4. Click OK.

Granting Security Equivalence Explicitly
  1. In NetIQ iManager, click the Roles and Tasks button Roles and Tasks button.

  2. Click Directory Administration > Modify Object.

  3. Enter or browse to the name and context of the user or object that you want the user to be security equivalent to, then click OK.

  4. Click the Security tab, then grant the security equivalence as follows:

    • If you chose a user, click Security Equal To, select or browse to the name and context of the object that you want the user to be equivalent in terms of security, then click OK.

    • If you chose an object that you want the user to be security equivalent to, click Security Equal To Me, select or browse to the name and context of the user that you want the object to be equivalent to in terms of security, then click OK.

    The contents of these two property pages are synchronized by the system.

  5. Click OK.

Setting Up an Administrator For an Object's Specific eDirectory Properties
  1. If you haven’t already done so, create the User, Group, Role, or Container object that you want to make a trustee of the object's specific properties.

    If you create a container as a trustee, all objects inside and below the container will have the rights you grant. You must make the property inheritable or the container and its members will not have rights below its level.

    See Creating an Object for information.

  2. In NetIQ iManager, click the Roles and Tasks button Roles and Tasks button.

  3. Click Rights > Modify Trustees.

  4. Specify the name and context of the highest-level container that you want the administrator to manage, then click OK.

  5. On the Modify Trustees page, click Add Trustee, select the object that represents the administrator, then click OK.

  6. Click Assigned Rights for the trustee you just added, then click Add Property.

  7. Select the properties you want to add to the property list, then click OK.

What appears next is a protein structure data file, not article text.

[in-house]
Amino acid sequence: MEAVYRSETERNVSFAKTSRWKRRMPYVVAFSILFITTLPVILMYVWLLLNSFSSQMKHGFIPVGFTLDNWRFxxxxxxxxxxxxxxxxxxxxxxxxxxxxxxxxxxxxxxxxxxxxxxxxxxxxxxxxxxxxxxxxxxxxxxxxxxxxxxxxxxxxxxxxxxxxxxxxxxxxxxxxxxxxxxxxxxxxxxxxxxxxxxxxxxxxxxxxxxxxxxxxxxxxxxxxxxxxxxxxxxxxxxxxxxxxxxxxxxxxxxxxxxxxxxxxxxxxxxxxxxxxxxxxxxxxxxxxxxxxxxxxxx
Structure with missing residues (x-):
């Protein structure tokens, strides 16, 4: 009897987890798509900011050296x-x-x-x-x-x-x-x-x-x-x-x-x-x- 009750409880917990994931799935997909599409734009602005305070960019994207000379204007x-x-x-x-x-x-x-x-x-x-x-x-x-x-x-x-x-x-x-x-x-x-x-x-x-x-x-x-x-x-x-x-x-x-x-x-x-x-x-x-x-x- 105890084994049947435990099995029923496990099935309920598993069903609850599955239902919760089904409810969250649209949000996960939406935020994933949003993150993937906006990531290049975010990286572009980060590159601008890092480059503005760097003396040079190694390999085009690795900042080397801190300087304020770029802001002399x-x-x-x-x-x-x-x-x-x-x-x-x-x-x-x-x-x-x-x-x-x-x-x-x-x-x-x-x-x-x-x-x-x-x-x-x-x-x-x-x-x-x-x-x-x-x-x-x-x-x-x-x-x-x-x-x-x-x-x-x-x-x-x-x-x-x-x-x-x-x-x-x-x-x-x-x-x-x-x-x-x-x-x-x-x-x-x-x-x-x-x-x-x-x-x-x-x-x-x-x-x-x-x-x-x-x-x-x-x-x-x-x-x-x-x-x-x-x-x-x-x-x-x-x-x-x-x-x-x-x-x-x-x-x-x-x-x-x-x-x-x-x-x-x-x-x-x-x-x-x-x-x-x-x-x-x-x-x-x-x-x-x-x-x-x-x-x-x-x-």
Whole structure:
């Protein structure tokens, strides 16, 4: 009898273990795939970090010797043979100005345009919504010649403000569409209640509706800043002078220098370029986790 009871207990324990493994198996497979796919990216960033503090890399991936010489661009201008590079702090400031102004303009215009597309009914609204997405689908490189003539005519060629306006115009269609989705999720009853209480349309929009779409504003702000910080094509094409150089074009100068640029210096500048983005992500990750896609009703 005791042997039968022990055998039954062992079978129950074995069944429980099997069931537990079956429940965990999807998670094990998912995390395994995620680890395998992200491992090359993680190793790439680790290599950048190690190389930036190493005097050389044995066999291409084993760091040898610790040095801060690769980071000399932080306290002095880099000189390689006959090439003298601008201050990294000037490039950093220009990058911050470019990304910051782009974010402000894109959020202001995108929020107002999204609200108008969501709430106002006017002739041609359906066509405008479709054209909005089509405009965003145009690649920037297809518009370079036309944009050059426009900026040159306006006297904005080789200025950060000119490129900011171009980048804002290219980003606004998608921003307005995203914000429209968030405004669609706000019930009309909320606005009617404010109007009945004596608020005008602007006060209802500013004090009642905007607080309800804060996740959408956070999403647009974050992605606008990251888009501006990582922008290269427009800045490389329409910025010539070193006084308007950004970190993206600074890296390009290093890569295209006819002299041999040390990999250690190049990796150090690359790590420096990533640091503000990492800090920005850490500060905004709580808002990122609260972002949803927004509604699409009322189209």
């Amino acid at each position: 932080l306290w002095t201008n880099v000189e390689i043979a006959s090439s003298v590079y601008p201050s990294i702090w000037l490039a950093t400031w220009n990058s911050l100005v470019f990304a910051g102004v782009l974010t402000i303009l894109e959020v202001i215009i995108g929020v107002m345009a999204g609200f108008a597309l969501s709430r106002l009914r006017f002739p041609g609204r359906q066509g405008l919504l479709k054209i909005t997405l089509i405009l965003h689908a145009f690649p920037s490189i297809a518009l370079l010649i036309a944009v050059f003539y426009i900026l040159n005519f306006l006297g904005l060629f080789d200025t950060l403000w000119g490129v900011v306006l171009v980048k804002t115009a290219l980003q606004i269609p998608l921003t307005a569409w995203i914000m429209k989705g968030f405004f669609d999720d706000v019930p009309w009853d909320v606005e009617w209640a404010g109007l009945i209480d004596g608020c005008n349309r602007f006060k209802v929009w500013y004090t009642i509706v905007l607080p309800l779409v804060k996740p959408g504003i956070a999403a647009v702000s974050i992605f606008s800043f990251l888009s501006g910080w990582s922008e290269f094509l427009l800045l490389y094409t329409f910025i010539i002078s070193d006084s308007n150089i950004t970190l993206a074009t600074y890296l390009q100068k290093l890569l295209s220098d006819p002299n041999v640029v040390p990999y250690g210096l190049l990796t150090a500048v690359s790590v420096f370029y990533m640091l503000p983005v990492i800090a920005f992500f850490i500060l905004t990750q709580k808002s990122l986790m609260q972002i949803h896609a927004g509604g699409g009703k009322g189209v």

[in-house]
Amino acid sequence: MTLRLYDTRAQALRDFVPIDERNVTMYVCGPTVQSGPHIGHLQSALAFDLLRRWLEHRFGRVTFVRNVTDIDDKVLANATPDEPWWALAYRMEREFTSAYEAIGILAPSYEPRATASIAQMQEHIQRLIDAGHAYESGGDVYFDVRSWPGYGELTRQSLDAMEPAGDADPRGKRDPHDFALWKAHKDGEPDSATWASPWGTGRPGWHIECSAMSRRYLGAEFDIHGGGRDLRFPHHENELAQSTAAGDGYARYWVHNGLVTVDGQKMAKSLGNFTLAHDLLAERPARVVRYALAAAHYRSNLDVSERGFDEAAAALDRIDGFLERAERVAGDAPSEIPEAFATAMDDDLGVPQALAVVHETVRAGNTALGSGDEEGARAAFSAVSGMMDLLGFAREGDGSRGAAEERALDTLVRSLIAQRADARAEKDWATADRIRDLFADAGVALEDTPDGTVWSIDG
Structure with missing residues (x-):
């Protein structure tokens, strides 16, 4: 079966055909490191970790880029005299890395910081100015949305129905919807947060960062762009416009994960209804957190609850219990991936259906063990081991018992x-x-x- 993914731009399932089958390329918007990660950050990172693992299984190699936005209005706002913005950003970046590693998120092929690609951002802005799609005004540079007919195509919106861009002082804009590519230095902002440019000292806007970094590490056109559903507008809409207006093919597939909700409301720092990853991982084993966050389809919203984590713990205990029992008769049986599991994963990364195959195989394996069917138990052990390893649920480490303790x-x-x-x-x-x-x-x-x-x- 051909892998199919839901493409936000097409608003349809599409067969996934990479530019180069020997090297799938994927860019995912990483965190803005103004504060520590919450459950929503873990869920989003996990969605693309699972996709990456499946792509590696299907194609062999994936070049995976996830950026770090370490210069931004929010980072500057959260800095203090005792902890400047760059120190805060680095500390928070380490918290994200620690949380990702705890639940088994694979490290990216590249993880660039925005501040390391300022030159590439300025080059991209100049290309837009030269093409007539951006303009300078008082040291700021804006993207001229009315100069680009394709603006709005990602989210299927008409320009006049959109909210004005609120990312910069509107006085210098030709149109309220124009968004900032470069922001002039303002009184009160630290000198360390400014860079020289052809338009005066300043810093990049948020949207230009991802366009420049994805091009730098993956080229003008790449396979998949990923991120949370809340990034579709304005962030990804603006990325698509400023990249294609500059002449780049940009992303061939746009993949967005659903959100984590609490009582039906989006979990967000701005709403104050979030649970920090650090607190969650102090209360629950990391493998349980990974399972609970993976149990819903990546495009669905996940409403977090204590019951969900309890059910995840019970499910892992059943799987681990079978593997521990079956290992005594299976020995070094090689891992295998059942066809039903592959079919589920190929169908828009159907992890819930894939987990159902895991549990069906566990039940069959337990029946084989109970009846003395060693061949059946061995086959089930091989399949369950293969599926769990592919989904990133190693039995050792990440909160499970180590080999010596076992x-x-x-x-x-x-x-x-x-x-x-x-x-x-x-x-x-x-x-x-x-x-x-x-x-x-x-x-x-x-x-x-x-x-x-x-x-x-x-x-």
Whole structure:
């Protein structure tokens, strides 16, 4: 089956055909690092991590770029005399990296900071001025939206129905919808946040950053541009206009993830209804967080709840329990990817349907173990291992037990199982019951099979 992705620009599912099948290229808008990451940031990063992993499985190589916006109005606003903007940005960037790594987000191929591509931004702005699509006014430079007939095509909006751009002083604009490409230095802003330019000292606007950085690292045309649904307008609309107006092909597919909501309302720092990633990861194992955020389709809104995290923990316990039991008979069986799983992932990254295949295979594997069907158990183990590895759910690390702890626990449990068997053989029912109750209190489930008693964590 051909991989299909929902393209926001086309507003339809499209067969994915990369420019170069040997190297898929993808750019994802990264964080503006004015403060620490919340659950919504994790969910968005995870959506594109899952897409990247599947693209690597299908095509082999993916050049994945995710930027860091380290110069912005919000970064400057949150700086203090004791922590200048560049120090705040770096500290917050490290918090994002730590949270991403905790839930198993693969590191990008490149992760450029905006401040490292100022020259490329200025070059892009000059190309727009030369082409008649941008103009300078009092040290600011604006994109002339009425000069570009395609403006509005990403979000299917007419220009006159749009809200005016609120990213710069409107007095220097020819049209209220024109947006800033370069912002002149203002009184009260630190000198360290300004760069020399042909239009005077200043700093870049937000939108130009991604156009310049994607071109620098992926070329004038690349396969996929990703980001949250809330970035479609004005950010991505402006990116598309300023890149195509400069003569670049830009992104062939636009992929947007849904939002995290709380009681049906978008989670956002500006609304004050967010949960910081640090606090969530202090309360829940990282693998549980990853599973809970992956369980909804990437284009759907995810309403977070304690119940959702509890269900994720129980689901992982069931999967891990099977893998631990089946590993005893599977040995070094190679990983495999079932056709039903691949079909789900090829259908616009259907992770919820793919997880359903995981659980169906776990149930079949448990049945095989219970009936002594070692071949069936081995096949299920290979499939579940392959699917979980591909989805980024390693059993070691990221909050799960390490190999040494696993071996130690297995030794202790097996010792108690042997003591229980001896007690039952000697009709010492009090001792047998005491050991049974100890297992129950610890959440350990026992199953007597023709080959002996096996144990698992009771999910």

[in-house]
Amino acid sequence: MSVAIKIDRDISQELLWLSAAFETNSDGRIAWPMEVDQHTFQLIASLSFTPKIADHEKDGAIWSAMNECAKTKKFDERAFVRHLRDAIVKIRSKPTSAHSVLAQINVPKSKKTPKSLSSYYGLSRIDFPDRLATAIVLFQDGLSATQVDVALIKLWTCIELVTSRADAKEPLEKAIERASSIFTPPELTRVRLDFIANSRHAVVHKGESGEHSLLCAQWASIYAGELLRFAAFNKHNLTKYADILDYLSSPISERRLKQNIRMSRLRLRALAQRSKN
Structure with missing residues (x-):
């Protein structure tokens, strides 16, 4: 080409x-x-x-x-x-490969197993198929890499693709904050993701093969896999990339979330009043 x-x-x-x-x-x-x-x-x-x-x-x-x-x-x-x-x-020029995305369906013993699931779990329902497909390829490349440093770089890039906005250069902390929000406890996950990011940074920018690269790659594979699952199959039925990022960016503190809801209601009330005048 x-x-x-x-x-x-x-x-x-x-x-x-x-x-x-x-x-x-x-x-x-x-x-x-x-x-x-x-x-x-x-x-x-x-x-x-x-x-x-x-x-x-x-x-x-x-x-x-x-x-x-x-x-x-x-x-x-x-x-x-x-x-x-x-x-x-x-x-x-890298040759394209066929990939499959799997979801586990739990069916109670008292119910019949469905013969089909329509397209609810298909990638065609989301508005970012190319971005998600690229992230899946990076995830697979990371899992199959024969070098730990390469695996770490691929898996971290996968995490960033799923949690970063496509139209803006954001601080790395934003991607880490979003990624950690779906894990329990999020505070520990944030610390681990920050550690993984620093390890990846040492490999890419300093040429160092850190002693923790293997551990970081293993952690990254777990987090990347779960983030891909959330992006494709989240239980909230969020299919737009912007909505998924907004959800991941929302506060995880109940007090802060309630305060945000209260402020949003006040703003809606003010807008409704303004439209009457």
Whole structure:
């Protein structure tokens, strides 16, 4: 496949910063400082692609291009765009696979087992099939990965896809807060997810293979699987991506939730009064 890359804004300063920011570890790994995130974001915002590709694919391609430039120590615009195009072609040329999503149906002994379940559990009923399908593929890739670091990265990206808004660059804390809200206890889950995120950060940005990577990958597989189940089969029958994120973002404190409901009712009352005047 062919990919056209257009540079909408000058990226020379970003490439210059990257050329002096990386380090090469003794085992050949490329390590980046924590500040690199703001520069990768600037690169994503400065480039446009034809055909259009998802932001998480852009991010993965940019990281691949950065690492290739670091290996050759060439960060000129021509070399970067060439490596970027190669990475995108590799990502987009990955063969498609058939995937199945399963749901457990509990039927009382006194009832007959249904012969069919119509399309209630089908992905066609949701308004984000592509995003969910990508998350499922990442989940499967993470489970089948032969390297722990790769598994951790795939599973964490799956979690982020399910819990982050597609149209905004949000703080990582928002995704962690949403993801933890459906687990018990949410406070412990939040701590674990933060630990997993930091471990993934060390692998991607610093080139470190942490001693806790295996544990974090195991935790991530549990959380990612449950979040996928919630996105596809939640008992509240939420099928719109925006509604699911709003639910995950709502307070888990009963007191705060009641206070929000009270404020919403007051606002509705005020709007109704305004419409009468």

8. For each property that the administrator will manage, assign the needed rights.

    Be sure to select the Inheritable check box on each rights assignment.

  9. Click Done, then click OK.

Blocking Inherited Rights to an eDirectory Object or Property

In eDirectory, rights assignments on containers can be inheritable or non-inheritable. In the file system, all rights assignments on folders are inheritable. In eDirectory, you can block such inheritance on individual subordinate items so that the rights aren’t effective on those items, no matter who the trustee is.

  1. In NetIQ iManager, click the Roles and Tasks button Roles and Tasks button.

  2. Click Rights > Modify Inherited Rights Filter.

  3. Specify the name and context of the object whose inherited rights filter you want to modify, then click OK.

    This displays a list of the inherited rights filters that have already been set on the object.

  4. On the property page, edit the list of inherited rights filters as needed.

    To edit the list of filters, you must have the Supervisor or Access Control right to the ACL property of the object. You can set filters that block inherited rights to the object as a whole, to all the properties of the object, and to individual properties.

    NOTE:These filters won't block rights that are explicitly granted a trustee on this object, because such rights aren't inherited.

  5. Click OK.

Viewing Effective Rights to an eDirectory Object or Property

Effective rights are the actual rights users can exercise on specific network resources. They are calculated by eDirectory based on explicit rights assignments, inheritance, and security equivalence. You can query the system to determine a user’s effective rights to any resource.

  1. In NetIQ iManager, click the Roles and Tasks button Roles and Tasks button.

  2. Click Rights > View Effective Rights.

  3. Enter the name and context of the trustee whose effective rights you want to view, then click OK.

  4. Choose from the following options:

    Option

    Description

    Property Name

    Lists the properties that the trustee has effective rights to. The properties are read from eDirectory and so are always shown in English. Each item in the list is one of the following types:

    [All Attributes Rights]-Represents all the properties of the object.

    [Entry Rights]-Represents the object as a whole. Rights to this item don’t imply any property rights, except in the case of Supervisor.

    Specific properties-These are specific properties that the trustee has rights to individually. By default, only properties of this object class are listed (see below).

    Effective Rights

    Shows the trustee’s effective rights to the selected property, as calculated by eDirectory.

    Show All Properties in Schema

    Leave this check box deselected to show only the properties of this object class.

    To show the properties of all classes defined in the eDirectory schema, select this check box. The additional properties are pertinent only if this object is a container, or if it has been extended to include the properties of an auxiliary class. The additional properties are shown without a bullet next to them.

  5. Click Done.